Fact is, when he started at Drumbar, Schoettler didn’t realize what he was signing up for. “I sort of learned what this bar was after being here,” he says. “I had never been here before. I just thought, Fun, I’m learning how to bartend. But the more I was here, the more I realized there was so much potential—that this place could be something amazing. It could be something great. It’s got the location, it’s got the aesthetics, it’s got the view. It’s just about refining the product, and refining the ambiance.”
Refining, in this case, does not translate to creating an Aviary II. “If I wanted to do that, I could,” Schoettler says matter-of-factly. “But that doesn’t fit here.” Owned by Miami-based Menin Hotels, a modest group of a half-dozen properties, the Raffaello has nowhere near the unlimited staff, or budget, of the Aviary—not to mention the gadgetry.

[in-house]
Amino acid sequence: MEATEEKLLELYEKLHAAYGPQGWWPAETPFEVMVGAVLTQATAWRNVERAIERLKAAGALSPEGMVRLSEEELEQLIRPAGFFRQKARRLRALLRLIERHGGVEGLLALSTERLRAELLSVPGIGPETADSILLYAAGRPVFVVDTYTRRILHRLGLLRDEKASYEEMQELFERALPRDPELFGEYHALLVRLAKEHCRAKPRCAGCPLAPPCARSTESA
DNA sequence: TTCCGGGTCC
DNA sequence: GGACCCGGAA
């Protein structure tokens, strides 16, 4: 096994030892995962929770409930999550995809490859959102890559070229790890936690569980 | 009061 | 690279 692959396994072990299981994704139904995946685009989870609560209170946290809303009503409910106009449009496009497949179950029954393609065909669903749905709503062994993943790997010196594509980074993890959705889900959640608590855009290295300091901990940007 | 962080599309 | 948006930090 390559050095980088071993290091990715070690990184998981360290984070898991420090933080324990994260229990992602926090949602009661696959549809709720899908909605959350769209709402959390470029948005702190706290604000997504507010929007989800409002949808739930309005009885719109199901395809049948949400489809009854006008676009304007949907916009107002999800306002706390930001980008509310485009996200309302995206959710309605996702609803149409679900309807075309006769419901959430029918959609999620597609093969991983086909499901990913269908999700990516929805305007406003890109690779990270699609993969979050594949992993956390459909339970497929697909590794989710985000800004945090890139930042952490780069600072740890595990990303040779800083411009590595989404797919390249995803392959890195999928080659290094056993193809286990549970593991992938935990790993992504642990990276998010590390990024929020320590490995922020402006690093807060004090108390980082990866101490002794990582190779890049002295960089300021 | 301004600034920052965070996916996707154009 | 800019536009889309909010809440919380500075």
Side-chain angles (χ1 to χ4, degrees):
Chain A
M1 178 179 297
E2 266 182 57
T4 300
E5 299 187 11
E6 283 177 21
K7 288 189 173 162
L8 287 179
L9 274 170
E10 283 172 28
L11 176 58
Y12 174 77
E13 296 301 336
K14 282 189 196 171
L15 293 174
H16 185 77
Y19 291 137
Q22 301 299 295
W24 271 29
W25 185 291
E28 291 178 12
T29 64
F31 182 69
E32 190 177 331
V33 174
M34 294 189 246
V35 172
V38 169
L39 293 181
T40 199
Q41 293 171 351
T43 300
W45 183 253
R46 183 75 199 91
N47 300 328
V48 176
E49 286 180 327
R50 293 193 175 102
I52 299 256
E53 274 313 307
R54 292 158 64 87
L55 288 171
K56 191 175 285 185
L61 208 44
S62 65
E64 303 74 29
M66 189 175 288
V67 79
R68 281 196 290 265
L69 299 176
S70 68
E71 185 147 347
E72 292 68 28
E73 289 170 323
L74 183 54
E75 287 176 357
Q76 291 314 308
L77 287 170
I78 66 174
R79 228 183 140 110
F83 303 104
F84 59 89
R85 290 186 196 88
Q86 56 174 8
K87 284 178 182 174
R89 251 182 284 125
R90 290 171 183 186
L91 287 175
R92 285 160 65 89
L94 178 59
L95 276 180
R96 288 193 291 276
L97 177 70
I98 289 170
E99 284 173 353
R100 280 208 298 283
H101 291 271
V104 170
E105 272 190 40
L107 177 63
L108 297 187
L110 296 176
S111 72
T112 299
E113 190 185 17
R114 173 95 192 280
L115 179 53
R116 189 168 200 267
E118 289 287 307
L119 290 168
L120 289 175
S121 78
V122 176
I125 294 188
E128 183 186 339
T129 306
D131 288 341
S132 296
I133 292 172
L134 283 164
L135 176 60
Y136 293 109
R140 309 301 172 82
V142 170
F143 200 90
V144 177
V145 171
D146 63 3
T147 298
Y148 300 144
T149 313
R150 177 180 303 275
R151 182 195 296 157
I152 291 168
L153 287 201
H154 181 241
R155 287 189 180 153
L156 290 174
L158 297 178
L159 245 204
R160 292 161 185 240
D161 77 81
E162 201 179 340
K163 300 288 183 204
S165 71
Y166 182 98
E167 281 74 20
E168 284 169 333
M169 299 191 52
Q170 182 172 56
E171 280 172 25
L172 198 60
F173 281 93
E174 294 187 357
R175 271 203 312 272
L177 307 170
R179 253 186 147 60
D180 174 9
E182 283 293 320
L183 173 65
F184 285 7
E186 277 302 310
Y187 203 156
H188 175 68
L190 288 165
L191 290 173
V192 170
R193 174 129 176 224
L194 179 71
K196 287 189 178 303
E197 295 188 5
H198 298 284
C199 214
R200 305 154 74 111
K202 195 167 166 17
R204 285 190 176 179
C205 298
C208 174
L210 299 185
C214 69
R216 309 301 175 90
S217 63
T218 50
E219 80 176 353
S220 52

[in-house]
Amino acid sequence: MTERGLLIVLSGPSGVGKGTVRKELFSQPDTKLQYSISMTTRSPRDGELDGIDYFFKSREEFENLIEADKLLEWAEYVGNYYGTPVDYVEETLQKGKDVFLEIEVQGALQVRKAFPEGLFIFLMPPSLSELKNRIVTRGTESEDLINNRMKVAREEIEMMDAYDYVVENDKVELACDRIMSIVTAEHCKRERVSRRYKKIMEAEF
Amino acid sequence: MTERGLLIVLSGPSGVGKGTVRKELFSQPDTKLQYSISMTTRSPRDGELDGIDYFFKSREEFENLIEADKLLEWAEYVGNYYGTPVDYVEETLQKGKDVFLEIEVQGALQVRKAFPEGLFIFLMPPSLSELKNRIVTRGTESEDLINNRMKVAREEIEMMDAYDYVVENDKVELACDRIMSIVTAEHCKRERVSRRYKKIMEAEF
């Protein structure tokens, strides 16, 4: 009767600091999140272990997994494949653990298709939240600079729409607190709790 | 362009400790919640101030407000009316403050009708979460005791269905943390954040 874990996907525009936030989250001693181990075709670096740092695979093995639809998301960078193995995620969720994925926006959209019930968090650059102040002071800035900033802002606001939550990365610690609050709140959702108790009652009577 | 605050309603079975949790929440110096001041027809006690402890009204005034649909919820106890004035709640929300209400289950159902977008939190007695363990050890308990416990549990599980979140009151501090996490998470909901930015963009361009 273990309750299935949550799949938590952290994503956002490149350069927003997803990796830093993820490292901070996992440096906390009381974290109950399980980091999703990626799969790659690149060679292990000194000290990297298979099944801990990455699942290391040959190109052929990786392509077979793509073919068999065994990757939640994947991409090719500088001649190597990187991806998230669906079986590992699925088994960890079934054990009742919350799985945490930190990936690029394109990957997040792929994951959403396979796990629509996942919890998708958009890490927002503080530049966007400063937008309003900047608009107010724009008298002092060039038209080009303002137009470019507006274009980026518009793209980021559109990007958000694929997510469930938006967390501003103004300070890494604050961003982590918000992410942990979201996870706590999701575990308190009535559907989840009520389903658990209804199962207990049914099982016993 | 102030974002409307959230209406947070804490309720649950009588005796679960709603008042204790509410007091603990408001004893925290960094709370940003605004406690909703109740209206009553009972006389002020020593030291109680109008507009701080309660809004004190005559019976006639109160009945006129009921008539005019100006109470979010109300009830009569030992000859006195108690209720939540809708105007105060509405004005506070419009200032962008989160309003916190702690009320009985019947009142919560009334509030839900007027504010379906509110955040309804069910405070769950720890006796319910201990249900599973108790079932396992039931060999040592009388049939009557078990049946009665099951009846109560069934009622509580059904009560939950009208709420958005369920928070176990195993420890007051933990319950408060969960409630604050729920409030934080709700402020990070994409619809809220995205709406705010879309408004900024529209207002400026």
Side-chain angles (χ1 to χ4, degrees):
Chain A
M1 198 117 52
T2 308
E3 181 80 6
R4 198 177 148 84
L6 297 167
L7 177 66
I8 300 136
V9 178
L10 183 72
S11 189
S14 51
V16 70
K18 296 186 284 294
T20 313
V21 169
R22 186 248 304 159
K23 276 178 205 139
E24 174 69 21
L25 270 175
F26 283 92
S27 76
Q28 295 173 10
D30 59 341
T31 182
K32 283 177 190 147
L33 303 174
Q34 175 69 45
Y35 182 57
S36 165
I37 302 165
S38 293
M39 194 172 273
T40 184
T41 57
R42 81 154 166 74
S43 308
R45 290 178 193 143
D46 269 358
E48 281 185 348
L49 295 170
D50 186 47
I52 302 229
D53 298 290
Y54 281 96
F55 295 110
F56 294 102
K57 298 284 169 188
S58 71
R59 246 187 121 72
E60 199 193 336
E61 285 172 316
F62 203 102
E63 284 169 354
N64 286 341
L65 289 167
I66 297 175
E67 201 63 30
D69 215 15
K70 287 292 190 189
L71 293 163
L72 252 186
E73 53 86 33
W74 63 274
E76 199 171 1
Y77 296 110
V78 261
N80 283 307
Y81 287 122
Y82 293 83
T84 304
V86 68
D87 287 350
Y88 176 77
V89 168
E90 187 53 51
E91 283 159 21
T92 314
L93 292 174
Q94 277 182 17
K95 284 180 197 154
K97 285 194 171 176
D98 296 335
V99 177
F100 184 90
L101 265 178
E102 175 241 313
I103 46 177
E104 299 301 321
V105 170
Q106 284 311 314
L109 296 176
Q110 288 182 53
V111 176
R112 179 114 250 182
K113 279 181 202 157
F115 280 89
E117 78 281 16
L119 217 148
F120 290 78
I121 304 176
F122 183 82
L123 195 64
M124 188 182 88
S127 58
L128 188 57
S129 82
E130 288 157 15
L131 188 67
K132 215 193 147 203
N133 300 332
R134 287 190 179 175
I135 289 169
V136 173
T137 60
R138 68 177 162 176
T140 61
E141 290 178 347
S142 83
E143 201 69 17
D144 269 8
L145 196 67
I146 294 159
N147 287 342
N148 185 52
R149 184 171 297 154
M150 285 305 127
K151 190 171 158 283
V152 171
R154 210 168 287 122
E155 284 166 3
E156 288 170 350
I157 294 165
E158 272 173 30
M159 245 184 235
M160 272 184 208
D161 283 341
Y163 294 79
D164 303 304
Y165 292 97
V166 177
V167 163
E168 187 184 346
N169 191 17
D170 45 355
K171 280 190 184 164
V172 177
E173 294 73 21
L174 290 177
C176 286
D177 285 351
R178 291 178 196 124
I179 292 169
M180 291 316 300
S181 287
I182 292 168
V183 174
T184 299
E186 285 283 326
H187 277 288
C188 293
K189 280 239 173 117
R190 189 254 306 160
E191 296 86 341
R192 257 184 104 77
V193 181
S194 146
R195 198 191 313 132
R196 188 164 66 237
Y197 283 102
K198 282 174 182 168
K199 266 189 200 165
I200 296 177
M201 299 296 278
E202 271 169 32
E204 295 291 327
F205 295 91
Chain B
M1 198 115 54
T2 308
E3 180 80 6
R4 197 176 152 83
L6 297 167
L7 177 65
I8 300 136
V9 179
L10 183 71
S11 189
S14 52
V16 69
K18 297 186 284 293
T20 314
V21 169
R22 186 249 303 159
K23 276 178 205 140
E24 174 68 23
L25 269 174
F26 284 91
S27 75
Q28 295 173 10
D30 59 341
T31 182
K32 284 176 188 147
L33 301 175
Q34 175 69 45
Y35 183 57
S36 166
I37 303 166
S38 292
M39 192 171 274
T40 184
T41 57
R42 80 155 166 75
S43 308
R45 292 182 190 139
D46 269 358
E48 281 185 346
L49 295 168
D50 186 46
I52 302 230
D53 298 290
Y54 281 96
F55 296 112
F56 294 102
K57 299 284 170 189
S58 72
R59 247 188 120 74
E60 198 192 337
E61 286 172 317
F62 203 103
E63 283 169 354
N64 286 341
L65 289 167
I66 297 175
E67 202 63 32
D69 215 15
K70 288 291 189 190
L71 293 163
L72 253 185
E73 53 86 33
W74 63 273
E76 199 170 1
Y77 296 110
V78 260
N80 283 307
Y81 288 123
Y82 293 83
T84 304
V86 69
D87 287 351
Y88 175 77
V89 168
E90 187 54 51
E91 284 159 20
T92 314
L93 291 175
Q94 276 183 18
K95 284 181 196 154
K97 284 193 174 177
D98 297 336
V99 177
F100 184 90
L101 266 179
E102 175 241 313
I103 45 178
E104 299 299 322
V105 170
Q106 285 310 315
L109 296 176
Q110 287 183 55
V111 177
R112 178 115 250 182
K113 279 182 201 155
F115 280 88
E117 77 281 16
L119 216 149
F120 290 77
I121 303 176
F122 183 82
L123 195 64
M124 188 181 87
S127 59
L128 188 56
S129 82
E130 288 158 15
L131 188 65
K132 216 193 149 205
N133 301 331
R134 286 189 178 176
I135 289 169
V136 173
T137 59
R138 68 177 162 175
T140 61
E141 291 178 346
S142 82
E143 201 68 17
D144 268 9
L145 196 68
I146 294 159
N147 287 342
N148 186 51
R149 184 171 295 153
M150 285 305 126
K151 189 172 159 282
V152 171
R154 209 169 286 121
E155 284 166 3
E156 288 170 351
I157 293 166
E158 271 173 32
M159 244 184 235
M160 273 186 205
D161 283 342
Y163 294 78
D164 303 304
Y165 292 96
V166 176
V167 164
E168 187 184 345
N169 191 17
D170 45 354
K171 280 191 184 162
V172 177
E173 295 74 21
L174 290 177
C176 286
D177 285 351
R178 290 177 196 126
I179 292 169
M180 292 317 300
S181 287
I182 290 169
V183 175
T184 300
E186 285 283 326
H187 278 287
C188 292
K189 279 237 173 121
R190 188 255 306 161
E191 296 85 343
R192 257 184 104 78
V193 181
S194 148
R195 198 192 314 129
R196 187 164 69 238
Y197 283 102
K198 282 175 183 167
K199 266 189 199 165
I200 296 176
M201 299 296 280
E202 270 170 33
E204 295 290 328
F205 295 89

That said, Schoettler is carrying over a few tools, including a liquid nitrogen tank, an immersion circulator and vac-pots. He’s bringing in some service pieces; he’s designing an ice program. “It’s more about bridging the gap from Aviary to the conventional-style bar,” Schoettler says, quickly adding, “and I don’t want it to be pretentious at all. If you come in on a Saturday at one o’clock in the morning and want a vodka soda, I’ll make a vodka soda.” Just don’t expect to see that vodka soda on the menu.